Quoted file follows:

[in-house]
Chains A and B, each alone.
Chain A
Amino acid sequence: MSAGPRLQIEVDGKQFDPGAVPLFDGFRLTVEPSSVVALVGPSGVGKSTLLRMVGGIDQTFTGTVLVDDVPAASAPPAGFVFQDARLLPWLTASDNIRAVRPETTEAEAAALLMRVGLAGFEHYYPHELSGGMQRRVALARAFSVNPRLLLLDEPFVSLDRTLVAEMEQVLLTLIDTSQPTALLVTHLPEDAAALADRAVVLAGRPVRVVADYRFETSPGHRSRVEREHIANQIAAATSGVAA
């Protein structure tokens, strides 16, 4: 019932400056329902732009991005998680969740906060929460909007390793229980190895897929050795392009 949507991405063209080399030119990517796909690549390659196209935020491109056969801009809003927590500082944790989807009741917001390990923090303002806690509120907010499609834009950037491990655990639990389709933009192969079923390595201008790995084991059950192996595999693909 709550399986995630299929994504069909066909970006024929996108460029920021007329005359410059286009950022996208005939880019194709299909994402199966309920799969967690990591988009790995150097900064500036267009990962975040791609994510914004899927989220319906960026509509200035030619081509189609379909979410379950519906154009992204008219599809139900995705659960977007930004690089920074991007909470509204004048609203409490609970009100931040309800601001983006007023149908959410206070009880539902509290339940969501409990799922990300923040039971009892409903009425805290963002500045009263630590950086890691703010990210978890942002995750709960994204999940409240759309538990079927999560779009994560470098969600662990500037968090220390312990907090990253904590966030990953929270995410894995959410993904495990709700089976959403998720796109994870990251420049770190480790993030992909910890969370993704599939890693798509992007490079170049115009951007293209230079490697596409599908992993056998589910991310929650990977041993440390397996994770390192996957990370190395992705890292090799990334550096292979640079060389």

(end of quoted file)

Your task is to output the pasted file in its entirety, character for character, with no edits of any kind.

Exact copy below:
[in-house]
Chains A and B, each alone.
Chain A
Amino acid sequence: MSAGPRLQIEVDGKQFDPGAVPLFDGFRLTVEPSSVVALVGPSGVGKSTLLRMVGGIDQTFTGTVLVDDVPAASAPPAGFVFQDARLLPWLTASDNIRAVRPETTEAEAAALLMRVGLAGFEHYYPHELSGGMQRRVALARAFSVNPRLLLLDEPFVSLDRTLVAEMEQVLLTLIDTSQPTALLVTHLPEDAAALADRAVVLAGRPVRVVADYRFETSPGHRSRVEREHIANQIAAATSGVAA
């Protein structure tokens, strides 16, 4: 019932400056329902732009991005998680969740906060929460909007390793229980190895897929050795392009 949507991405063209080399030119990517796909690549390659196209935020491109056969801009809003927590500082944790989807009741917001390990923090303002806690509120907010499609834009950037491990655990639990389709933009192969079923390595201008790995084991059950192996595999693909 709550399986995630299929994504069909066909970006024929996108460029920021007329005359410059286009950022996208005939880019194709299909994402199966309920799969967690990591988009790995150097900064500036267009990962975040791609994510914004899927989220319906960026509509200035030619081509189609379909979410379950519906154009992204008219599809139900995705659960977007930004690089920074991007909470509204004048609203409490609970009100931040309800601001983006007023149908959410206070009880539902509290339940969501409990799922990300923040039971009892409903009425805290963002500045009263630590950086890691703010990210978890942002995750709960994204999940409240759309538990079927999560779009994560470098969600662990500037968090220390312990907090990253904590966030990953929270995410894995959410993904495990709700089976959403998720796109994870990251420049770190480790993030992909910890969370993704599939890693798509992007490079170049115009951007293209230079490697596409599908992993056998589910991310929650990977041993440390397996994770390192996957990370190395992705890292090799990334550096292979640079060389």